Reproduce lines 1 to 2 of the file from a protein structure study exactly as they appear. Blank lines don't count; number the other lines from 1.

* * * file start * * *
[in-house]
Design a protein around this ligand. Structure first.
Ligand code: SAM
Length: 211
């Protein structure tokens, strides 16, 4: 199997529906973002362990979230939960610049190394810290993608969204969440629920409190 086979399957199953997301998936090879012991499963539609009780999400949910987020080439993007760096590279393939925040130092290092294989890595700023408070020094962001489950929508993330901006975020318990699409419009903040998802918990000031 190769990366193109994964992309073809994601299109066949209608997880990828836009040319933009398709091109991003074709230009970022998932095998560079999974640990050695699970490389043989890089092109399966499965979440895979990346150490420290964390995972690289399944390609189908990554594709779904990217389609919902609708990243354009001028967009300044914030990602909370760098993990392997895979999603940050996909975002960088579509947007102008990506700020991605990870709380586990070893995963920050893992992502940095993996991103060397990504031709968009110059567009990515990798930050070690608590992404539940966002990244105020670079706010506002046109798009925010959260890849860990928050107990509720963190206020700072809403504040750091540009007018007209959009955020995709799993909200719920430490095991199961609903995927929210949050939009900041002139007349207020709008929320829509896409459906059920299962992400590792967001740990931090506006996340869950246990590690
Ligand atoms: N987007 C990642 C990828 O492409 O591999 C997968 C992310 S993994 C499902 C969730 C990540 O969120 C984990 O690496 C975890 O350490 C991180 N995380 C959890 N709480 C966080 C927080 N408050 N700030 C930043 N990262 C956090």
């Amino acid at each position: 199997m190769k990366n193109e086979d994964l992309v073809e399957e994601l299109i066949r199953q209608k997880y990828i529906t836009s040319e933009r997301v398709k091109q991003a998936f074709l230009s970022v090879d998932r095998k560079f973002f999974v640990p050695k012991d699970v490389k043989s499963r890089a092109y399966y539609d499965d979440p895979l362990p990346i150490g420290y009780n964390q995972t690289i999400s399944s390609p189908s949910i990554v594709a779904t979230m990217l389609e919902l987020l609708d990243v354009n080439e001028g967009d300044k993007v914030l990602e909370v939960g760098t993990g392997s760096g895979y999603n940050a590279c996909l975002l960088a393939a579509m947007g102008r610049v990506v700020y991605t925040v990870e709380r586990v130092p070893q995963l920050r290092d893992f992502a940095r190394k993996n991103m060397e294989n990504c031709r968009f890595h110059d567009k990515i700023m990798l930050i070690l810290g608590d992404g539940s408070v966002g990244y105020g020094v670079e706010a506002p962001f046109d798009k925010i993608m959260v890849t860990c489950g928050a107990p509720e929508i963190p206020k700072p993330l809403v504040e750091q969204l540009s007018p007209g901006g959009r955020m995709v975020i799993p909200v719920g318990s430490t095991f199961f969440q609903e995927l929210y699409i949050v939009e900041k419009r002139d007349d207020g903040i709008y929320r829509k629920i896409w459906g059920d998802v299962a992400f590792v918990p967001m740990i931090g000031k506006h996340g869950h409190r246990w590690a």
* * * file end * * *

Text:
[in-house]
Design a protein around this ligand. Structure first.